Pub. date: 2008 | Online Pub. Date: May 28, 2008 | DOI: 10.4135/9781412963930 | Print ISBN: 9781412941655 | Online ISBN: 9781412963930| Publisher:SAGE Publications, Inc.About this encyclopedia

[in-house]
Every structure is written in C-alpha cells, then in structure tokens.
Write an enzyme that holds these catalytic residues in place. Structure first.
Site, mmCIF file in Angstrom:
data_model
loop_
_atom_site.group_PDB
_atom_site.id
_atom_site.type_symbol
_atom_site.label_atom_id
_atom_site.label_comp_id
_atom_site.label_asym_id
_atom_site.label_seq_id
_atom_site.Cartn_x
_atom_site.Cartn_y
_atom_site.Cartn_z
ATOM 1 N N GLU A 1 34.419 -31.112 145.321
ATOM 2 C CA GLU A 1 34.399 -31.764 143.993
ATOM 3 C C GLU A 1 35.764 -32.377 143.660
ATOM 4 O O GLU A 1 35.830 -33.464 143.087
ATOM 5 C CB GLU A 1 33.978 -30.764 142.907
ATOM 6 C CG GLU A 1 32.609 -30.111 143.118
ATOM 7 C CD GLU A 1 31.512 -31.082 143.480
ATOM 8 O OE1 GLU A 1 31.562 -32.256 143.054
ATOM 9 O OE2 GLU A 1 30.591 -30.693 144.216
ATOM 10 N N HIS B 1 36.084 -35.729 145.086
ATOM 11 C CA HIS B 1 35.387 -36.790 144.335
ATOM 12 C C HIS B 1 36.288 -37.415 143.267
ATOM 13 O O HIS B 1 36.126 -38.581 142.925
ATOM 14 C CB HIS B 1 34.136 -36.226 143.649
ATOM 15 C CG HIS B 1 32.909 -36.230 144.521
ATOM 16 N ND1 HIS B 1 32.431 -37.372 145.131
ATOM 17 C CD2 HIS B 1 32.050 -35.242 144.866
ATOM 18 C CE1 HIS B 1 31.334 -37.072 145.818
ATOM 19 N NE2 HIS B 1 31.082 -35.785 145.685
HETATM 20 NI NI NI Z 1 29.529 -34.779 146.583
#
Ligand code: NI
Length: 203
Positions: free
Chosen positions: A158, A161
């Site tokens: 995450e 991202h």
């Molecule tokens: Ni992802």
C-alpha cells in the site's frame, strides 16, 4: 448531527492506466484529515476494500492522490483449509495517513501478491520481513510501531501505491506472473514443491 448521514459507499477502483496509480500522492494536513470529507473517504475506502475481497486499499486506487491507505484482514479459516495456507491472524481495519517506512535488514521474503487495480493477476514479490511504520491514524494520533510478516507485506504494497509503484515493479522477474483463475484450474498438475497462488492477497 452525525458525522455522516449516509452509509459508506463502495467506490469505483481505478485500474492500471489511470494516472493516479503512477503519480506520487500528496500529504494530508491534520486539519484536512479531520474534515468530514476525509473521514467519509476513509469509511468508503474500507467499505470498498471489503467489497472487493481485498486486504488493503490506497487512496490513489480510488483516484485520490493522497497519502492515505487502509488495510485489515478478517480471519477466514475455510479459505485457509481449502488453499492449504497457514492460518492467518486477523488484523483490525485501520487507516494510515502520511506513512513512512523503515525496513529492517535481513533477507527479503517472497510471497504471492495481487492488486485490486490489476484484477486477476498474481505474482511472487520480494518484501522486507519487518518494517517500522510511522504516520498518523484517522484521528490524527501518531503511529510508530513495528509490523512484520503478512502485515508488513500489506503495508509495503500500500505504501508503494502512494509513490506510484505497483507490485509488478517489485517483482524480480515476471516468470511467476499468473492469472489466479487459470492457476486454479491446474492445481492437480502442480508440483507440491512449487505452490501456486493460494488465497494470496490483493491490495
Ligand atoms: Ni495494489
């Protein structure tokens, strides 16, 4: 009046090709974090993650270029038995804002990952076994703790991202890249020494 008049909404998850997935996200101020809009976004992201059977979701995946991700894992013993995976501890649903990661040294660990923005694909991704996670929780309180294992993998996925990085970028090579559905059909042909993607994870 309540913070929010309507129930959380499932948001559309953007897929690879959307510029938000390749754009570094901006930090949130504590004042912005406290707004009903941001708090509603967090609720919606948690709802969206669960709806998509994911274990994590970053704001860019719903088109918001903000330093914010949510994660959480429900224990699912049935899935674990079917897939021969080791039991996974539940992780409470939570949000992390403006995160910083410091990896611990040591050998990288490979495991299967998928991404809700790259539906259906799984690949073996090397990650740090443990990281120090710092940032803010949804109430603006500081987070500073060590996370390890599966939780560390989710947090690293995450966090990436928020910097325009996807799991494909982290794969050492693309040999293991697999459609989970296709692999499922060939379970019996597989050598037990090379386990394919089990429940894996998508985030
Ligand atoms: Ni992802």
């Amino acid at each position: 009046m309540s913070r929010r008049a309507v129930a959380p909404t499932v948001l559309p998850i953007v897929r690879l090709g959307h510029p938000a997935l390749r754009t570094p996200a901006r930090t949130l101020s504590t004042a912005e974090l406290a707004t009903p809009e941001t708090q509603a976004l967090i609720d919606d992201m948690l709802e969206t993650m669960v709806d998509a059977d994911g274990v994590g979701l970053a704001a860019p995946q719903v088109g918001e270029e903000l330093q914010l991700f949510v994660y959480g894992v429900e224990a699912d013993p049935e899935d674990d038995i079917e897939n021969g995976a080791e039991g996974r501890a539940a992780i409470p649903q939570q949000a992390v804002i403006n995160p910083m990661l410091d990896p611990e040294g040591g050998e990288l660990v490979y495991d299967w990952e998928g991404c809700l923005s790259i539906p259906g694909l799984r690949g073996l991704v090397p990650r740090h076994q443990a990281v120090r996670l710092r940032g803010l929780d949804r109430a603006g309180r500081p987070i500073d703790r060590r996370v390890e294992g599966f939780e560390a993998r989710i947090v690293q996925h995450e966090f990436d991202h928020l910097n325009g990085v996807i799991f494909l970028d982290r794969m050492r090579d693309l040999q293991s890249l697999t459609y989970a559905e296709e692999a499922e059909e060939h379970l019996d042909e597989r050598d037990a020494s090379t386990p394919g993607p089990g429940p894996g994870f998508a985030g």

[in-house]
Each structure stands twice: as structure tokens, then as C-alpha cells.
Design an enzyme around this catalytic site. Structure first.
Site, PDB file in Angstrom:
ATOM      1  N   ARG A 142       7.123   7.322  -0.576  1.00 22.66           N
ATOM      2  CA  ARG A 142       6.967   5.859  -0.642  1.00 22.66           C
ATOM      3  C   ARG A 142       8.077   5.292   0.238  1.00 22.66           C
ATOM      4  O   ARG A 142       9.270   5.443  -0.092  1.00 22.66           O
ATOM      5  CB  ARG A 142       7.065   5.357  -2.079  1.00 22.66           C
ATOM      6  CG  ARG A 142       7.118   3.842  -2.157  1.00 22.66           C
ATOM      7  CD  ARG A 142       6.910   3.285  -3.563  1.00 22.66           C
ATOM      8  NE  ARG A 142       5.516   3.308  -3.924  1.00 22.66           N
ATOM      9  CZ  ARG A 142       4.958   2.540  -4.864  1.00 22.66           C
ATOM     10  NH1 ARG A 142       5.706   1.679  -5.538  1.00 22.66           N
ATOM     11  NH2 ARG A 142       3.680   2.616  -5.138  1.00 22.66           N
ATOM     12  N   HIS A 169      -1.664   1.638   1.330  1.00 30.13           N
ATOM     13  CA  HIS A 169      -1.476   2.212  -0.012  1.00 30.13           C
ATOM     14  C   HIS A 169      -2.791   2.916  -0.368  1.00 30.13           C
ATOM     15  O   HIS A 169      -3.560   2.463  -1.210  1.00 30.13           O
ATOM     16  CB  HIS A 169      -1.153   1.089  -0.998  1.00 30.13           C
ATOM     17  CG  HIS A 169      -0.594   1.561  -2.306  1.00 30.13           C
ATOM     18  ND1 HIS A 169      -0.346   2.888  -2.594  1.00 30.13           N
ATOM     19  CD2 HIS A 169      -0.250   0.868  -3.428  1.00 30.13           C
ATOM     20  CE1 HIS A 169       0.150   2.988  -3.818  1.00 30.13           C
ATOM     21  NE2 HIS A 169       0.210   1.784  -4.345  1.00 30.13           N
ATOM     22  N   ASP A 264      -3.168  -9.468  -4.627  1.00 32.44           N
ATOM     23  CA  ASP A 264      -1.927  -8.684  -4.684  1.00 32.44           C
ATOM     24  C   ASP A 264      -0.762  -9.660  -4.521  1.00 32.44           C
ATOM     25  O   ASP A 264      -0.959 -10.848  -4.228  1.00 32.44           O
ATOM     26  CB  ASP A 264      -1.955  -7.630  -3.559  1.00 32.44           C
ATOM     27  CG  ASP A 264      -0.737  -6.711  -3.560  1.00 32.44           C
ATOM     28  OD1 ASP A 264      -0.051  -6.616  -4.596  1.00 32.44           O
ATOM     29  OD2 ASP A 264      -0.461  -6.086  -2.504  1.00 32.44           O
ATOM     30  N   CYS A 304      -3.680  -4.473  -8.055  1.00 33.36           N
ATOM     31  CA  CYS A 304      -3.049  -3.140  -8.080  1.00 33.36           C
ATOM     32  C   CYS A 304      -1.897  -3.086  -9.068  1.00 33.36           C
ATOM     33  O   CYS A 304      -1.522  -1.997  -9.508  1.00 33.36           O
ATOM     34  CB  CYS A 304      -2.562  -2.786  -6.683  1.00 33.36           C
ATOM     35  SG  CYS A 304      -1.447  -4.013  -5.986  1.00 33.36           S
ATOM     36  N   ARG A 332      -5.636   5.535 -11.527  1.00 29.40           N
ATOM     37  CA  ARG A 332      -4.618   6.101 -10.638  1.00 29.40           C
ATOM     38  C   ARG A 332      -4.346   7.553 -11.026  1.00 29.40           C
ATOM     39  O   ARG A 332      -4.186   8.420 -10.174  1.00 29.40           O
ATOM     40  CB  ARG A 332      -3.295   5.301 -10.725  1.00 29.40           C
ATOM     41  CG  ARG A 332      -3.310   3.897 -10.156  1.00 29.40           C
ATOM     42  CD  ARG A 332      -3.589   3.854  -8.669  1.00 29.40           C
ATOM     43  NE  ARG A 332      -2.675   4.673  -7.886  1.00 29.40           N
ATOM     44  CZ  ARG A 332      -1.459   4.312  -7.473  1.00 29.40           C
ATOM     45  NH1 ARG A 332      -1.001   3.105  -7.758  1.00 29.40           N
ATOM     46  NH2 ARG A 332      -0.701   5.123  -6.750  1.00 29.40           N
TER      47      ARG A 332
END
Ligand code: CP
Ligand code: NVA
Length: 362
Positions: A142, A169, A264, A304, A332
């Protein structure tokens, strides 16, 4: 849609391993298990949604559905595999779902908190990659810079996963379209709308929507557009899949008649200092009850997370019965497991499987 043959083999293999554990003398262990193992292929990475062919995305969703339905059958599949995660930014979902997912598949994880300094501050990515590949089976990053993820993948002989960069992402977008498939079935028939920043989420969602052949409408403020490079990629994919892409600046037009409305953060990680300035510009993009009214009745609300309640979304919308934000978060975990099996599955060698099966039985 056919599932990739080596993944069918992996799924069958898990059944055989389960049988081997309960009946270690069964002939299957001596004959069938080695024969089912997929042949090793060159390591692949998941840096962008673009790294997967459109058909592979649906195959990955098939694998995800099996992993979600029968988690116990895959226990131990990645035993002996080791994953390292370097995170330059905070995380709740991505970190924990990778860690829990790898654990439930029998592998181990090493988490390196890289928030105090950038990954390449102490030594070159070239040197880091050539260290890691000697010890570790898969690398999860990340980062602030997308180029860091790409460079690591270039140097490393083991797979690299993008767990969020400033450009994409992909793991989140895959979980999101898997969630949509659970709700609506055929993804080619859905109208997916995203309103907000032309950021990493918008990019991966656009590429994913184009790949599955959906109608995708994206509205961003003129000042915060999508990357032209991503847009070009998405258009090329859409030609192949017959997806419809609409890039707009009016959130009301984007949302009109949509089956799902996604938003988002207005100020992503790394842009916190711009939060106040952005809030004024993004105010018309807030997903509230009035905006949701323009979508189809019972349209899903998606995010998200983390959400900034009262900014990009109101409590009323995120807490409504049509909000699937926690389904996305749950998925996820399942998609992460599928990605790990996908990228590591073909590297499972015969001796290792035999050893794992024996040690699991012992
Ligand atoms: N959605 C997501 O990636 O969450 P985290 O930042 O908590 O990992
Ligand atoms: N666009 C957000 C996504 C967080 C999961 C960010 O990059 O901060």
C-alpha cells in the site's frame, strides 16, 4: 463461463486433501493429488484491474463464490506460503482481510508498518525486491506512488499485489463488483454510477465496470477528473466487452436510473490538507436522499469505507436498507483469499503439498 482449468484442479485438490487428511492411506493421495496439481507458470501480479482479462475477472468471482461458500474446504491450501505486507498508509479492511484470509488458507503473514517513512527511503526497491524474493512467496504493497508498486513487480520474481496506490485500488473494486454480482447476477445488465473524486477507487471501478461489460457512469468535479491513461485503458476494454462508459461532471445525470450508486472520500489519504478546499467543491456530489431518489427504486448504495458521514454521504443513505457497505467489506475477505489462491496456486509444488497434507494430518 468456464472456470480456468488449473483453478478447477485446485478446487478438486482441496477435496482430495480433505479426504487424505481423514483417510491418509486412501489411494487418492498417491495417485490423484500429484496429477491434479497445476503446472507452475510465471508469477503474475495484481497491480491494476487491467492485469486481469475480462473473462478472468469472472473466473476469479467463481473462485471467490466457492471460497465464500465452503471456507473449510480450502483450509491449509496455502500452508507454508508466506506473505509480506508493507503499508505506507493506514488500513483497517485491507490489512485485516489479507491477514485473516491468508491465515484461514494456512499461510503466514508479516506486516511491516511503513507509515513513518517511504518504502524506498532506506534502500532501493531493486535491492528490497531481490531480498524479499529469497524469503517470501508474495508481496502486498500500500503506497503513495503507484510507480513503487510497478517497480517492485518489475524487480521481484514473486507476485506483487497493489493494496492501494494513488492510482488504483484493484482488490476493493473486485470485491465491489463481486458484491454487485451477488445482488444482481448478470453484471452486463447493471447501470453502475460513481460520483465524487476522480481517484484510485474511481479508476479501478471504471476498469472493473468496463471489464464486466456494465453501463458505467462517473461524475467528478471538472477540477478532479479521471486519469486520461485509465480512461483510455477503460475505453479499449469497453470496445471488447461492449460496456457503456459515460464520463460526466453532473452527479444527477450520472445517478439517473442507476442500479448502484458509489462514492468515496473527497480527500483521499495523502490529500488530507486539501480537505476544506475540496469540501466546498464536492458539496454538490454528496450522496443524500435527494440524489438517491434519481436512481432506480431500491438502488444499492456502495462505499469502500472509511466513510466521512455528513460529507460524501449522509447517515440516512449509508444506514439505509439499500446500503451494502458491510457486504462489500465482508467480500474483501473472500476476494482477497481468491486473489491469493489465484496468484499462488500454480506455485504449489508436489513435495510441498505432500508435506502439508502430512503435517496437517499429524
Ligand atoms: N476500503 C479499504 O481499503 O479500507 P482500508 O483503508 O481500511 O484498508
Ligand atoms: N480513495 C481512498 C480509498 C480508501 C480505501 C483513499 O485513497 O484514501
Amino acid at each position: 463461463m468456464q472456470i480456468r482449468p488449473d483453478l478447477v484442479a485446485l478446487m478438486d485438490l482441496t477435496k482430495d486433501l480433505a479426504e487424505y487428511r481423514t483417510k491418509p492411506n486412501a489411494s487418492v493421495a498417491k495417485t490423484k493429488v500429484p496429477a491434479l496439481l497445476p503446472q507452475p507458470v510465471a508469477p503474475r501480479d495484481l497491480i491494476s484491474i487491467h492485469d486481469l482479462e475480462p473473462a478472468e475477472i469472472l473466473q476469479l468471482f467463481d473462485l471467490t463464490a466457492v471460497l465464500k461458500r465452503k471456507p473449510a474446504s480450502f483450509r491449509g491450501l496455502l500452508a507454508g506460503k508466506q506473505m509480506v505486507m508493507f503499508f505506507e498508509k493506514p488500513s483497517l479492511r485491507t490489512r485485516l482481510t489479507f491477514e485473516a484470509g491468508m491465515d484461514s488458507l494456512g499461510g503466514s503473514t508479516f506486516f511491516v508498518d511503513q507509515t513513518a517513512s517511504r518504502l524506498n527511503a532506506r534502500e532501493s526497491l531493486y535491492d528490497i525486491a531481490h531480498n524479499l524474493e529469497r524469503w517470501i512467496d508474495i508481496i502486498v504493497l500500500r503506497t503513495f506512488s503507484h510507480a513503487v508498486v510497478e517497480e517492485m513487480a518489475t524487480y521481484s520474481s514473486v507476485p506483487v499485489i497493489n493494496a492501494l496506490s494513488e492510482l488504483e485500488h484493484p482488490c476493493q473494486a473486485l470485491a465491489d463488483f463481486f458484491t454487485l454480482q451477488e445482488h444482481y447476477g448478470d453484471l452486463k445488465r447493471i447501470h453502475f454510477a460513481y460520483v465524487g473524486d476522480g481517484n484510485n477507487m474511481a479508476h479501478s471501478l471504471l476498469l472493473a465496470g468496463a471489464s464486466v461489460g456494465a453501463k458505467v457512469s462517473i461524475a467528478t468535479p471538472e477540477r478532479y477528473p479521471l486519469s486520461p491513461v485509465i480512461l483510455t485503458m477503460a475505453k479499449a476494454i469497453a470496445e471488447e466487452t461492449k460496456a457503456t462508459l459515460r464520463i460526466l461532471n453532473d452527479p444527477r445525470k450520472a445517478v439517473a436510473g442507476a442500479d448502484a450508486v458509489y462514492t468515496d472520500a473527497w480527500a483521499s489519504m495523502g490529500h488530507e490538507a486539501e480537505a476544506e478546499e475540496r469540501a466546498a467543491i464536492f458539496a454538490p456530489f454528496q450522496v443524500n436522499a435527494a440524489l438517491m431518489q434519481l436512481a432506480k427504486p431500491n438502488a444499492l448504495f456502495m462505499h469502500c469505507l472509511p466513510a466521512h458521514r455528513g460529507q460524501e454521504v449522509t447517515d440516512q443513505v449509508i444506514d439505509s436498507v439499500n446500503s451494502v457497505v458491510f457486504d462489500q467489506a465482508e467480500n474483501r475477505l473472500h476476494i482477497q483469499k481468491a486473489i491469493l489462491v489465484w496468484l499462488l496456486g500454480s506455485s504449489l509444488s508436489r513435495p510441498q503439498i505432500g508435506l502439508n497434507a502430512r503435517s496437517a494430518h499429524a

Social problems related to industrialization, immigration, criminality, and poverty were initially perceived as problems of the city in its entirety and were later associated more with the inner city. With the rapid post-World War II expansion of a distinctive suburban realm, the concept of “inner city” achieved wide currency. The identification of the inner city with social problems is a primarily North American phenomenon, even if exported to other settings such as Great Britain. The inner city was perceived as the converse of the suburbs. Thus suburbs were clean, safe, modern, and mainstream middle class, but the inner city supposedly was dirty, dangerous, outdated, poor, and inhabited by minorities. Indeed, the inner city most often served as a backdrop for film noir. Clearly, depicting the inner city as a homogeneous entity overtaken by social problems was a gross oversimplification. In most metropolitan regions, the inner city was a complex entity, ...